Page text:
The German Football Association (Deutscher Fussball Bund - DFB) played its first match as a formal national team on April 5, 1908, against Switzerland in Basel, which the Swiss won 5–3. In contrast, the newly-independent Ukraine played its first match against Hungary on April 29, 1992, in Uzhhorod.

Germany chose to play its 1,000th international game against Ukraine, at the Weserstadion in Bremen which kicked off at 19:00 Kyiv time. The match, which was billed as a friendly, charity game, turned out to be a competitive affair, with Ukraine threatening to upset their illustrious opponents as they led up until the 90th minute. In the end a 3 -3 draw was probably a fair reflection of the game.

UFA Twitter Poster

However, for Ukraine and all involved the match had a significance that goes far beyond sport. As the DFB web-site stated, Ukraine was selected as the opponent for this milestone game “as a sign of solidarity with the invaded country. Football should give Ukraine back faith in the future.”


This was actually Ukraine’s 300th game and was the first managed by Serhiy Rebrov who only took over as the international manager on June 7. He will undoubtedly be satisfied with his team’s performance, if a little disappointed in the final result.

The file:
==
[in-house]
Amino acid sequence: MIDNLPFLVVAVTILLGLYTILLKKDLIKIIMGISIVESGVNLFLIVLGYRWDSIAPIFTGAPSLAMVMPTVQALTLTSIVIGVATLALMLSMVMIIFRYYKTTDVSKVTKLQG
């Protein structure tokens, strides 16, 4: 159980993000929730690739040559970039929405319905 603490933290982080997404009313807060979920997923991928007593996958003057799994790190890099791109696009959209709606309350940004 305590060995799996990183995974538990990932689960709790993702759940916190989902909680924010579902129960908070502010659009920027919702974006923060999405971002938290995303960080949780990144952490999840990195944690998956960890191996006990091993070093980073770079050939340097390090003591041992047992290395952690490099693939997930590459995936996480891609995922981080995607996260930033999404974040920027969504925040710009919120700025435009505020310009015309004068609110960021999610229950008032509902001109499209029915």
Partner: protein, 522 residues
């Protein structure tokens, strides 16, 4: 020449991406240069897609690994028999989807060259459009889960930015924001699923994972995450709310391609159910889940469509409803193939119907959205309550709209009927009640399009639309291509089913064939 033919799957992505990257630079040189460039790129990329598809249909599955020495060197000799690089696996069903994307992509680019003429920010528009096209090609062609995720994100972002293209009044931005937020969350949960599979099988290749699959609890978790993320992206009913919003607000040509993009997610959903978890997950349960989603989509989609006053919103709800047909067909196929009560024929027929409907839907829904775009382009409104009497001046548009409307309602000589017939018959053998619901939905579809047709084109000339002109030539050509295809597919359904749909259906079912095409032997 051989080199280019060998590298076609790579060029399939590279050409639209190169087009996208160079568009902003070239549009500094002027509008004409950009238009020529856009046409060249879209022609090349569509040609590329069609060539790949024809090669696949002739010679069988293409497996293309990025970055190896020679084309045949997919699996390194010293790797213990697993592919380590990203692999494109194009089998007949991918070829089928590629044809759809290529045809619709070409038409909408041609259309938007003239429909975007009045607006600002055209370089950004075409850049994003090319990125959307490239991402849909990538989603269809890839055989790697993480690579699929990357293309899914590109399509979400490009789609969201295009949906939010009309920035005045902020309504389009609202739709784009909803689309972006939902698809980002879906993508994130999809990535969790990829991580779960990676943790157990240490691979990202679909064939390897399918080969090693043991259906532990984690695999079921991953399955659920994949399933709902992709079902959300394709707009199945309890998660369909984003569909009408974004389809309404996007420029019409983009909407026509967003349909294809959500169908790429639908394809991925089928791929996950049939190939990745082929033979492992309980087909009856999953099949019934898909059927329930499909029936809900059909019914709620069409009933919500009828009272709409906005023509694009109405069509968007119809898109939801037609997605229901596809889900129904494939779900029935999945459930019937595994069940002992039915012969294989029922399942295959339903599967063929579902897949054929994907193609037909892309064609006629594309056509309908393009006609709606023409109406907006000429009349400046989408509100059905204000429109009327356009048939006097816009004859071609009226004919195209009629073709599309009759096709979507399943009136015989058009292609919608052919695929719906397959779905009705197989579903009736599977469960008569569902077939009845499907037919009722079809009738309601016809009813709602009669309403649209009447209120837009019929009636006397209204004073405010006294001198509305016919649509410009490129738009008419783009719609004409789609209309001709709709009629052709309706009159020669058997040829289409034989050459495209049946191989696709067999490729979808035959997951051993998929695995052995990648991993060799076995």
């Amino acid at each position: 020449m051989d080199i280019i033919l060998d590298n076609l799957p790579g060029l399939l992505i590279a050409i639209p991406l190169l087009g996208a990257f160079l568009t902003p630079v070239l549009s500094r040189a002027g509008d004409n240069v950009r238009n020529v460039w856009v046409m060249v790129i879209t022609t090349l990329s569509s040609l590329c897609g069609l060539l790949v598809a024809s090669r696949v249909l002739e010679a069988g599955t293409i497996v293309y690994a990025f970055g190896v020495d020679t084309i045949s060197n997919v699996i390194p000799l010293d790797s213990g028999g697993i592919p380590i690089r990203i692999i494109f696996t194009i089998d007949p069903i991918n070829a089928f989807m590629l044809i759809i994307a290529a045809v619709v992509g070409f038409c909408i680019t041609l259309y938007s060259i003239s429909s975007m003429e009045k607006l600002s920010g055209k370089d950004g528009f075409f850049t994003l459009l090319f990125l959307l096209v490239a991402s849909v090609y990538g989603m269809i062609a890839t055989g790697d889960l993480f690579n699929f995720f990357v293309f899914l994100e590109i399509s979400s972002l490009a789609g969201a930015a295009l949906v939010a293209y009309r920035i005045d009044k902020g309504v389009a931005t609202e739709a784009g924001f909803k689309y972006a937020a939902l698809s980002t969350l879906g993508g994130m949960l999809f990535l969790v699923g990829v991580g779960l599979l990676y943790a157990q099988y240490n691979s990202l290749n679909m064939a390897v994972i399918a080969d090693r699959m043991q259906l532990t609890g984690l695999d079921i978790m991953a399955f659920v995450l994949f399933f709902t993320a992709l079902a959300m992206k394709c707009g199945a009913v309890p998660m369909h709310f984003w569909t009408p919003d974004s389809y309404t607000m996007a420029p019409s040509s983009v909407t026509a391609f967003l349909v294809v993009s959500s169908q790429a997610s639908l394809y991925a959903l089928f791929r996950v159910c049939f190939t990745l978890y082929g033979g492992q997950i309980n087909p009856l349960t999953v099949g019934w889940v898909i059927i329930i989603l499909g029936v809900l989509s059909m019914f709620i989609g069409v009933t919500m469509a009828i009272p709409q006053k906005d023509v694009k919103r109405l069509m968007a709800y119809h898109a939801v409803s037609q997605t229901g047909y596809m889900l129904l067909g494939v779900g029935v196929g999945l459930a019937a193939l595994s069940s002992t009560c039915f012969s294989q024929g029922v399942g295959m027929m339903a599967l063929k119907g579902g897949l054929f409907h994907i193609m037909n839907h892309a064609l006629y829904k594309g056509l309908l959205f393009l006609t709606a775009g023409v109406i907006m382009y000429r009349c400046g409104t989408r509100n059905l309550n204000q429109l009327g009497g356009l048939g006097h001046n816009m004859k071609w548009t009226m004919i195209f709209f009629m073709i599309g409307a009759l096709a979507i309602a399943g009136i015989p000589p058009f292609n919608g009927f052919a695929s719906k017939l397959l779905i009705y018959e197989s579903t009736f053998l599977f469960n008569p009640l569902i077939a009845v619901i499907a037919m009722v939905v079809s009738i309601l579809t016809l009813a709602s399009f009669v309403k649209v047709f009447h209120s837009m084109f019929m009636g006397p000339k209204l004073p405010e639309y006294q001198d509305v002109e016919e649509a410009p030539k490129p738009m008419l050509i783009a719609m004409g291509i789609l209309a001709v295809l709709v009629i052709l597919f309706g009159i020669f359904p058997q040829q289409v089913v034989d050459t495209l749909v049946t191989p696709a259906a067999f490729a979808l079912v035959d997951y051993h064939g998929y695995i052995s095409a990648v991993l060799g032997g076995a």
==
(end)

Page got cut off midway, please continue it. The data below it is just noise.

The occasion was used to raise funds in support of wounded Ukrainian soldiers in a display organized by “РестоVратор. Картопляні Війська” [“Restorator. Potato Troops”], the brainchild of two journalists, Leonid Veselkov and Nikolay Vasilkov, and the artist Andriy Yarmolenko.

A large banner showing the image of a leopard on the back of which is a small boy was displayed in the main stand before the match. With this symbol, Ukrainians thanked the German government for the Leopard tanks and other military assistance that has been provided since Russia’s full-scale invasion

The Ukrainian fans were posting a collective slogan "Tankeshon" (a play on the German word for thank you - Danke schön), and while many wore national football shirts a number of fans wore T-shirts with the logo and handed out bracelets and badges with Ukrainian symbols to German spectators.


Ukrainian supporters also held a raffle, to raise additional funds for the charity, the prize for which was a football signed by the three Ukrainian winners of UEFA’s Ballon d'Or: Oleh Blokhin, Ihor Bielanov and Andriy Shevchenko.

For those who are interested here is a match summary:



3     -     3





Niclas Füllkrug - 6’


Viktor Tsyhankov – 18’, 56’

Kai Havertz – 83’


Antonio Rüdiger – 23’ (own goal)

Joshua Kimmich 90+1’




To suggest a correction or clarification, write to us here
You can also highlight the text and press Ctrl + Enter